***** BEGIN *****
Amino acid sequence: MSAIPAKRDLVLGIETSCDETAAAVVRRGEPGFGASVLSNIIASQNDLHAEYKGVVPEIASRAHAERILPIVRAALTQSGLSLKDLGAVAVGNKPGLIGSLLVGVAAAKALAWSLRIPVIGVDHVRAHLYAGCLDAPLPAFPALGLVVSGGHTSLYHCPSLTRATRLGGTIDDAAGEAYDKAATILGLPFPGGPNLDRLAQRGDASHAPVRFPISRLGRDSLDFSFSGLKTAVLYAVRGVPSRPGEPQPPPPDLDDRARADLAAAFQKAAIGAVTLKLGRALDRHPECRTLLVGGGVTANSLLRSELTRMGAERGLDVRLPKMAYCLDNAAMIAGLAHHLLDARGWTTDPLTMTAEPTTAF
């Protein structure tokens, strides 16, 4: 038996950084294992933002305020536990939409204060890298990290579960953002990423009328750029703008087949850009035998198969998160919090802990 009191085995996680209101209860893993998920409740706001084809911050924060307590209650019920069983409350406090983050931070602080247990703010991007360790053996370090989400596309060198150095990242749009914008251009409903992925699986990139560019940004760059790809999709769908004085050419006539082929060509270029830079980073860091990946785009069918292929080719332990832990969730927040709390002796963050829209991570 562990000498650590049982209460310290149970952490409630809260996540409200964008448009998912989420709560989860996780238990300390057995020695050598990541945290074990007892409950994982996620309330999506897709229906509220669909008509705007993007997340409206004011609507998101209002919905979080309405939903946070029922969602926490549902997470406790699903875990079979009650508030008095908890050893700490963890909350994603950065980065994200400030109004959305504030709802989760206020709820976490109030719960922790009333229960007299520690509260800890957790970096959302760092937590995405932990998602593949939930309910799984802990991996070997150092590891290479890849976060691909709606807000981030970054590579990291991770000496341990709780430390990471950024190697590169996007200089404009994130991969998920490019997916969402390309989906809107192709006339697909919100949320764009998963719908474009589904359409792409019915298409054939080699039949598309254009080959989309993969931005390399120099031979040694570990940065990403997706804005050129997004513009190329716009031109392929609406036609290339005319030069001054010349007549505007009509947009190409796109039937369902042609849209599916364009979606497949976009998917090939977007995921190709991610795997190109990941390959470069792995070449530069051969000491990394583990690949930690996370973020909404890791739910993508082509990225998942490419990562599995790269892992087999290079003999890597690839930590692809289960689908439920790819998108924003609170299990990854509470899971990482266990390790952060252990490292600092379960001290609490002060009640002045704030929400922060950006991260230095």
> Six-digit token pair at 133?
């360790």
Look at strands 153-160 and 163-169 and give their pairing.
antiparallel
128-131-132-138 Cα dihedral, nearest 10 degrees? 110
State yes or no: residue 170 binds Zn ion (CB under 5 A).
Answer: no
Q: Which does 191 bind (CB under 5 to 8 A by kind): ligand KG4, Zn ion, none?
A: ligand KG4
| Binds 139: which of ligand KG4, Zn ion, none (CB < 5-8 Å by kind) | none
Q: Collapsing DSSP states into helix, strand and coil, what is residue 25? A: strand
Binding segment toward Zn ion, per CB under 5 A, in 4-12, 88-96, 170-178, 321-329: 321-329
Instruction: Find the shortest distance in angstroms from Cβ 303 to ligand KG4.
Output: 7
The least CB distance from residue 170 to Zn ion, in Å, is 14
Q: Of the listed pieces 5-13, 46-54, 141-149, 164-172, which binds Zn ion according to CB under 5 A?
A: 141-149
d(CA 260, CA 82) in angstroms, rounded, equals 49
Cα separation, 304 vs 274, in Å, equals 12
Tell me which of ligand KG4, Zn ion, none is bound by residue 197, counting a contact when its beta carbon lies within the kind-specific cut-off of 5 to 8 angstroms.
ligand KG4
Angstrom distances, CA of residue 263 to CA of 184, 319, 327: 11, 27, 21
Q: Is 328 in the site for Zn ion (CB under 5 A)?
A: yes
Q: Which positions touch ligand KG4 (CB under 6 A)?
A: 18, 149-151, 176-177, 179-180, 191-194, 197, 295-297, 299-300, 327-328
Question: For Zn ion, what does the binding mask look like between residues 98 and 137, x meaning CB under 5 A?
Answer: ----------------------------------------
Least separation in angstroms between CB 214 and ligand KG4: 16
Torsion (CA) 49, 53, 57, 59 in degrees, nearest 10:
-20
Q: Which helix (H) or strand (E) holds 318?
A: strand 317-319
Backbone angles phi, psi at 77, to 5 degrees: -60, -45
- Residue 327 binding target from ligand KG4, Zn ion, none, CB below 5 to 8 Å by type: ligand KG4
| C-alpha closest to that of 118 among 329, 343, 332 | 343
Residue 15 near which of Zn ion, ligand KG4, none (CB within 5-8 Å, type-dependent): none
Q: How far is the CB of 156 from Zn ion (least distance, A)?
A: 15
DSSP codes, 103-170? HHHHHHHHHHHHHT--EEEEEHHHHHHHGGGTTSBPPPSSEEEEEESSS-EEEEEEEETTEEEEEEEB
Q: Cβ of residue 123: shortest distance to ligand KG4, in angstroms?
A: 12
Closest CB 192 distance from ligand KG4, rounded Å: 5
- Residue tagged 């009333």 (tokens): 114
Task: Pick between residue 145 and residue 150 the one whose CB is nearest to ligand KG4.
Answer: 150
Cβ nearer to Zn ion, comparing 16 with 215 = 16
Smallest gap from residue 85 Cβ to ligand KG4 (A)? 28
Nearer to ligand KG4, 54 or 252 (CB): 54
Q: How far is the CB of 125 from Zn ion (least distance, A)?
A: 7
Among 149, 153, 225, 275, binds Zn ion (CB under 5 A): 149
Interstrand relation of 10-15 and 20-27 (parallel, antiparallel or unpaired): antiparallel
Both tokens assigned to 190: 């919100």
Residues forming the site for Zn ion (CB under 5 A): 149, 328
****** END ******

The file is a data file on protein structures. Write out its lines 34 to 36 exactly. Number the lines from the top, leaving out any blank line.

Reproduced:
Q: Which helix (H) or strand (E) holds 318?
A: strand 317-319
Backbone angles phi, psi at 77, to 5 degrees: -60, -45